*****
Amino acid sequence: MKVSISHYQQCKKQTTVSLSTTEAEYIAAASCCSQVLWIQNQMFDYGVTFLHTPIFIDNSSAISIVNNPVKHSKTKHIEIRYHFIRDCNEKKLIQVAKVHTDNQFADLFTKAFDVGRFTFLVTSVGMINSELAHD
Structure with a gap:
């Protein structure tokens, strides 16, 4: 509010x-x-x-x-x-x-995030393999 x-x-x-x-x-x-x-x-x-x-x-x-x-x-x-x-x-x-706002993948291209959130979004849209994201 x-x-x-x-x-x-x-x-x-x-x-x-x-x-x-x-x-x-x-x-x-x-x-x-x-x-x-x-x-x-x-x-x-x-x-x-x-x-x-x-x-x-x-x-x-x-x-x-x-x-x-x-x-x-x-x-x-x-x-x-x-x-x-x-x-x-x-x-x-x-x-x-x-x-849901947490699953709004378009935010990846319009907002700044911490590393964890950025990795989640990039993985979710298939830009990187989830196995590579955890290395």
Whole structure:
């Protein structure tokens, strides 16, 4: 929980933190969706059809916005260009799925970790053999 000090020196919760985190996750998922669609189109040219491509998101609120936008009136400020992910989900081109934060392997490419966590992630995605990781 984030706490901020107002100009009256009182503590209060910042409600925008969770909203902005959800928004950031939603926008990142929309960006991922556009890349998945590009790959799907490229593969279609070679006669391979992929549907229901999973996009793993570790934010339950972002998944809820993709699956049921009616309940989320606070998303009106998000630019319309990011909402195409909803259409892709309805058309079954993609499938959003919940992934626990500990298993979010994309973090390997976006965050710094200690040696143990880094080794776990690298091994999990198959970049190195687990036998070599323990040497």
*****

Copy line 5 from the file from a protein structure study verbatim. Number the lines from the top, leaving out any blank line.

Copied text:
């Protein structure tokens, strides 16, 4: 929980933190969706059809916005260009799925970790053999 000090020196919760985190996750998922669609189109040219491509998101609120936008009136400020992910989900081109934060392997490419966590992630995605990781 984030706490901020107002100009009256009182503590209060910042409600925008969770909203902005959800928004950031939603926008990142929309960006991922556009890349998945590009790959799907490229593969279609070679006669391979992929549907229901999973996009793993570790934010339950972002998944809820993709699956049921009616309940989320606070998303009106998000630019319309990011909402195409909803259409892709309805058309079954993609499938959003919940992934626990500990298993979010994309973090390997976006965050710094200690040696143990880094080794776990690298091994999990198959970049190195687990036998070599323990040497």